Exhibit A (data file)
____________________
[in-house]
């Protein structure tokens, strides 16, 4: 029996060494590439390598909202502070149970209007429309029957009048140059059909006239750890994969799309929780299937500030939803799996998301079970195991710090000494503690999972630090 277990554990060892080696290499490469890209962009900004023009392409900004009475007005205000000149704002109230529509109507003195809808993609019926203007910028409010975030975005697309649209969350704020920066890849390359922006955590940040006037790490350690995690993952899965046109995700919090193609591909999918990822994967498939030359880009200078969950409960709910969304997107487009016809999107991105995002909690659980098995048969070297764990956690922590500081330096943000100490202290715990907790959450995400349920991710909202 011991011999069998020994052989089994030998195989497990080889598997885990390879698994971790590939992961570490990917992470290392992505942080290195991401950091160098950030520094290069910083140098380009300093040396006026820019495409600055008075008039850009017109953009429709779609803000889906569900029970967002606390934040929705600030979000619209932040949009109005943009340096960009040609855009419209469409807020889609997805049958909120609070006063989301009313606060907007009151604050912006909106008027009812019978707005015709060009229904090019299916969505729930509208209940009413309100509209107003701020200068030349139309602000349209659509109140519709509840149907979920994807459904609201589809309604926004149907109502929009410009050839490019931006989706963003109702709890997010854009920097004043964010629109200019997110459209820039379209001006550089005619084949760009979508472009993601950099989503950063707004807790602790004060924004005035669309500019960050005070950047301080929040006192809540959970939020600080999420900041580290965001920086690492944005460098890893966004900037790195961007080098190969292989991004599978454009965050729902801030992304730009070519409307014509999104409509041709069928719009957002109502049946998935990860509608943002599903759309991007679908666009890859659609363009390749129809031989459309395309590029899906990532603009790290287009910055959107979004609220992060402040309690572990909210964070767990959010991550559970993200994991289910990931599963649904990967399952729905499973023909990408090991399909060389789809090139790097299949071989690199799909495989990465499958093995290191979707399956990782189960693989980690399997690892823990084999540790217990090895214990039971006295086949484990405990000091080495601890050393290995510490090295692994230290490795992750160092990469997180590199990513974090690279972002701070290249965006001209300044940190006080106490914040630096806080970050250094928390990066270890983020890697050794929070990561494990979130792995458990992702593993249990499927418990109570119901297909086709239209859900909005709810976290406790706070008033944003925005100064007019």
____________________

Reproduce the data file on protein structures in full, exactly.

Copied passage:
[in-house]
């Protein structure tokens, strides 16, 4: 029996060494590439390598909202502070149970209007429309029957009048140059059909006239750890994969799309929780299937500030939803799996998301079970195991710090000494503690999972630090 277990554990060892080696290499490469890209962009900004023009392409900004009475007005205000000149704002109230529509109507003195809808993609019926203007910028409010975030975005697309649209969350704020920066890849390359922006955590940040006037790490350690995690993952899965046109995700919090193609591909999918990822994967498939030359880009200078969950409960709910969304997107487009016809999107991105995002909690659980098995048969070297764990956690922590500081330096943000100490202290715990907790959450995400349920991710909202 011991011999069998020994052989089994030998195989497990080889598997885990390879698994971790590939992961570490990917992470290392992505942080290195991401950091160098950030520094290069910083140098380009300093040396006026820019495409600055008075008039850009017109953009429709779609803000889906569900029970967002606390934040929705600030979000619209932040949009109005943009340096960009040609855009419209469409807020889609997805049958909120609070006063989301009313606060907007009151604050912006909106008027009812019978707005015709060009229904090019299916969505729930509208209940009413309100509209107003701020200068030349139309602000349209659509109140519709509840149907979920994807459904609201589809309604926004149907109502929009410009050839490019931006989706963003109702709890997010854009920097004043964010629109200019997110459209820039379209001006550089005619084949760009979508472009993601950099989503950063707004807790602790004060924004005035669309500019960050005070950047301080929040006192809540959970939020600080999420900041580290965001920086690492944005460098890893966004900037790195961007080098190969292989991004599978454009965050729902801030992304730009070519409307014509999104409509041709069928719009957002109502049946998935990860509608943002599903759309991007679908666009890859659609363009390749129809031989459309395309590029899906990532603009790290287009910055959107979004609220992060402040309690572990909210964070767990959010991550559970993200994991289910990931599963649904990967399952729905499973023909990408090991399909060389789809090139790097299949071989690199799909495989990465499958093995290191979707399956990782189960693989980690399997690892823990084999540790217990090895214990039971006295086949484990405990000091080495601890050393290995510490090295692994230290490795992750160092990469997180590199990513974090690279972002701070290249965006001209300044940190006080106490914040630096806080970050250094928390990066270890983020890697050794929070990561494990979130792995458990992702593993249990499927418990109570119901297909086709239209859900909005709810976290406790706070008033944003925005100064007019």